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Curtin University
Transforming Learning at Curtin

Curtin Online Architecture Team recognised in National Learning Excellence Award

25 June 2014

Curtin University has won the national 2014 NOVA Awards for Online Learning Excellence for its Architecture Studio, a design-based workshop created using collaboration and gaming technologies including Minecraft, Ning and Collaborate.

Winners of the biennial awards, sponsored by Open Universities Australia, were announced at the OUA Conference in Melbourne in May, with Online Academic Programs Coordinator Julie Brunner accepting the award on behalf of the School of Built Environment and her project colleagues Natalie Beard and Beth Strauss.

The NOVA is awarded based on the unit design principles of authentic, adaptive, personalised, collaborative and supported learning.

Curtin’s Bachelor of Applied Science (Architecture) is the first to be offered fully online by an Australian university. The Studio unit (BAS110 Architecture and Interior Architecture) is the cornerstone of its success.

Vice Chancellor Debra Terry said the online Architecture studio was a perfect illustration of Curtin’s plans to offer its high quality award courses to students anywhere in the world without compromising content or learning outcomes.

Architecture leads Curtin’s existing suite of more than 50 online courses.

Curtin is redesigning all its high demand courses for global distribution using a mix of face-to-face  high end video conferencing, challenge based gaming technology, and open online resources as well as on campus opportunities.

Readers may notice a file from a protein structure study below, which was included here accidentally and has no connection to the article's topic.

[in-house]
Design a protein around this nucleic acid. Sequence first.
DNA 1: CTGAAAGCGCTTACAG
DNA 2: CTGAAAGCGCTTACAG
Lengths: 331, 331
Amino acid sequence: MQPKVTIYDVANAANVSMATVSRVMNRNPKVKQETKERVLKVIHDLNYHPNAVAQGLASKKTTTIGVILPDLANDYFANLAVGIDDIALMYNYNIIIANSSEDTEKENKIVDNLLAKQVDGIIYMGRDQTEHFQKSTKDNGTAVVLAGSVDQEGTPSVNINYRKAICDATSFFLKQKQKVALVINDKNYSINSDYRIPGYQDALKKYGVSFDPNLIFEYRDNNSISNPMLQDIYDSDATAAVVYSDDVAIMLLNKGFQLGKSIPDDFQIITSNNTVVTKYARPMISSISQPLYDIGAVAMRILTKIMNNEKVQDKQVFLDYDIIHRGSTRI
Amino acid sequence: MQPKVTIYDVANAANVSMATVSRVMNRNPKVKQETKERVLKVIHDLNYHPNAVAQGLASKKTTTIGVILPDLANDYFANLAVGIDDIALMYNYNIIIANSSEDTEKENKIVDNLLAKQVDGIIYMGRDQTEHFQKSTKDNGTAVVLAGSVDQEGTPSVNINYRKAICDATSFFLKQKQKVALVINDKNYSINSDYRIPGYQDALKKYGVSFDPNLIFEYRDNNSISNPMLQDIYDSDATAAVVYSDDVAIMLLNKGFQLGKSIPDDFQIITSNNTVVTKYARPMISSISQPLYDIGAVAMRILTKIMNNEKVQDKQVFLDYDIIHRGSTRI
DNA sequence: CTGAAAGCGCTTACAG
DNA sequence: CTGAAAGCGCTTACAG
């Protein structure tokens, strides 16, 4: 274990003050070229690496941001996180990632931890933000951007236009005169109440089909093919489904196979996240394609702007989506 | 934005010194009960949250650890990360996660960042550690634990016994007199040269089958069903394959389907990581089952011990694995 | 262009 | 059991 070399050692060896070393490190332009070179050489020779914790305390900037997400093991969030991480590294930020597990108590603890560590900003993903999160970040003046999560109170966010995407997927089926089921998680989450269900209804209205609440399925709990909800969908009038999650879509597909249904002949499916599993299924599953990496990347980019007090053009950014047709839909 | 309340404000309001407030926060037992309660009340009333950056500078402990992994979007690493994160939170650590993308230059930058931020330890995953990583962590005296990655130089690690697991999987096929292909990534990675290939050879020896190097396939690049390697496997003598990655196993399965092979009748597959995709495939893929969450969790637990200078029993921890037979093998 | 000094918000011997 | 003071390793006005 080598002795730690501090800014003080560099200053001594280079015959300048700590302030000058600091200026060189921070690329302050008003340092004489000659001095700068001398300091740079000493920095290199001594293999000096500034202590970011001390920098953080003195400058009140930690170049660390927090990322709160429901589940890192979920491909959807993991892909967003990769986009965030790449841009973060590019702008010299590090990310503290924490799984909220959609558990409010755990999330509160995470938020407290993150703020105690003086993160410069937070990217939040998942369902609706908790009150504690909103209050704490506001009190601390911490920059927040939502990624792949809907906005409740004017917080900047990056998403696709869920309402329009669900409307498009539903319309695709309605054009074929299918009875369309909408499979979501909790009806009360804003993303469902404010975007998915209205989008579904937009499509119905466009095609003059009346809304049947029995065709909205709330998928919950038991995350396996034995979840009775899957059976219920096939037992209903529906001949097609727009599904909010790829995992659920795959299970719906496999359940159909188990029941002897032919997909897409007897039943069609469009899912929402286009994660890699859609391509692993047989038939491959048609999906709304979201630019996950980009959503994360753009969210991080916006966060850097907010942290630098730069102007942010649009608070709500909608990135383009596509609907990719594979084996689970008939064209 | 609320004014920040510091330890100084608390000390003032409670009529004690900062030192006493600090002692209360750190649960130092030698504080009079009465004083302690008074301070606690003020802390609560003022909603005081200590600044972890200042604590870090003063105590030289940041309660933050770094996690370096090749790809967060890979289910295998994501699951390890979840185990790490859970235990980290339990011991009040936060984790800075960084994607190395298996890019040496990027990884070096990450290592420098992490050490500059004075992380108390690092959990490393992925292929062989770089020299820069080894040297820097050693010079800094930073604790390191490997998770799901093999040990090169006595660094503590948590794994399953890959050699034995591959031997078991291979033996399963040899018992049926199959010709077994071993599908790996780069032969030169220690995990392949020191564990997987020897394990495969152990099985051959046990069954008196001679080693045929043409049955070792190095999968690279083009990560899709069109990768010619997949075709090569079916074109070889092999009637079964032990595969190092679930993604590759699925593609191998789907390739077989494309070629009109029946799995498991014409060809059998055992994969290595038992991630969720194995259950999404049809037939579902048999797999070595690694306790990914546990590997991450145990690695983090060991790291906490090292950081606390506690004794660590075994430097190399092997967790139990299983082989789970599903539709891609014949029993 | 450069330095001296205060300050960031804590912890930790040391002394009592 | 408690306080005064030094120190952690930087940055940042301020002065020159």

As part of the University’s plans to deliver Learning for Tomorrow, Curtin will also unbundle and repackage its award degree courses allowing learners to pick and mix units from multiple disciplines to design their own qualification.

Julie Brunner said the design studio replicated authentic collaborative learning in an online environment. “Architecture is collaborative in nature and students need to work in teams. In the internal, face-to-face learning environment, a discrete activity is conducted in the first year design studio unit to bring students together, so they learn to collaborate successfully.

“We replicated this authentic learning in the online environment, using the Minecraft gaming technology. It creates a sense of community with peers, sets expectations for future units and demonstrates the importance of learning from peers with the guidance of tutors.” 

Julie said Minecraft enables students to design constructions in 3-D using a system of textured cubes in a multi-player mode using player-hosted servers. It allows students to achieve common goals or resolution of a problem-based project.

“Using this gaming technology we aim to develop students’ higher order cognitive abilities such as problem-solving, thinking strategically, data gathering, self-motivation and critical thinking,” she said. “The Architecture studio unit also uses a number of other technologies to enable the learning of the methodologies associated with design-based learning, so necessary in the field of Architecture.”